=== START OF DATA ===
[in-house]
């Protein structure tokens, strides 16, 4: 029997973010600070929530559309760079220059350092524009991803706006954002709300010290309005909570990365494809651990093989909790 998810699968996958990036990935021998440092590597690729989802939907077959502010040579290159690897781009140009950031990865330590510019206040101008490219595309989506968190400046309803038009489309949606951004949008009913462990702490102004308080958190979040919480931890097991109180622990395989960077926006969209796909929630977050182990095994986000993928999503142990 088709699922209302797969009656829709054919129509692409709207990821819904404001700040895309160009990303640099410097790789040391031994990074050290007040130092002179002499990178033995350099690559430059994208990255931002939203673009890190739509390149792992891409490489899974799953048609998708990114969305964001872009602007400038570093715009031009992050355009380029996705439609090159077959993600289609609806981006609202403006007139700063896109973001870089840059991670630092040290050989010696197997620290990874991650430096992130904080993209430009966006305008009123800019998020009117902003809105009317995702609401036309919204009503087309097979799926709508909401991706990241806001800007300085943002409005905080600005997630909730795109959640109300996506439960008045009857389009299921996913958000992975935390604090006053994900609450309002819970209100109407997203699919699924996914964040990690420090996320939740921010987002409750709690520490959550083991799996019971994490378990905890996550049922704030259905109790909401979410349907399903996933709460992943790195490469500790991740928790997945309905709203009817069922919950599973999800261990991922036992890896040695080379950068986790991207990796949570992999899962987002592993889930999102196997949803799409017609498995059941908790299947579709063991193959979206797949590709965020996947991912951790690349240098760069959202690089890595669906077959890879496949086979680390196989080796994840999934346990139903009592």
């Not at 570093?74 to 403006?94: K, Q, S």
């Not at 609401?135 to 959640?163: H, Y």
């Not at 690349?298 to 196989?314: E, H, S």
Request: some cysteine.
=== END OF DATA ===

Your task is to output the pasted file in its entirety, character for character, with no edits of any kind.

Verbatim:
[in-house]
């Protein structure tokens, strides 16, 4: 029997973010600070929530559309760079220059350092524009991803706006954002709300010290309005909570990365494809651990093989909790 998810699968996958990036990935021998440092590597690729989802939907077959502010040579290159690897781009140009950031990865330590510019206040101008490219595309989506968190400046309803038009489309949606951004949008009913462990702490102004308080958190979040919480931890097991109180622990395989960077926006969209796909929630977050182990095994986000993928999503142990 088709699922209302797969009656829709054919129509692409709207990821819904404001700040895309160009990303640099410097790789040391031994990074050290007040130092002179002499990178033995350099690559430059994208990255931002939203673009890190739509390149792992891409490489899974799953048609998708990114969305964001872009602007400038570093715009031009992050355009380029996705439609090159077959993600289609609806981006609202403006007139700063896109973001870089840059991670630092040290050989010696197997620290990874991650430096992130904080993209430009966006305008009123800019998020009117902003809105009317995702609401036309919204009503087309097979799926709508909401991706990241806001800007300085943002409005905080600005997630909730795109959640109300996506439960008045009857389009299921996913958000992975935390604090006053994900609450309002819970209100109407997203699919699924996914964040990690420090996320939740921010987002409750709690520490959550083991799996019971994490378990905890996550049922704030259905109790909401979410349907399903996933709460992943790195490469500790991740928790997945309905709203009817069922919950599973999800261990991922036992890896040695080379950068986790991207990796949570992999899962987002592993889930999102196997949803799409017609498995059941908790299947579709063991193959979206797949590709965020996947991912951790690349240098760069959202690089890595669906077959890879496949086979680390196989080796994840999934346990139903009592």
């Not at 570093?74 to 403006?94: K, Q, S």
């Not at 609401?135 to 959640?163: H, Y």
């Not at 690349?298 to 196989?314: E, H, S």
Request: some cysteine.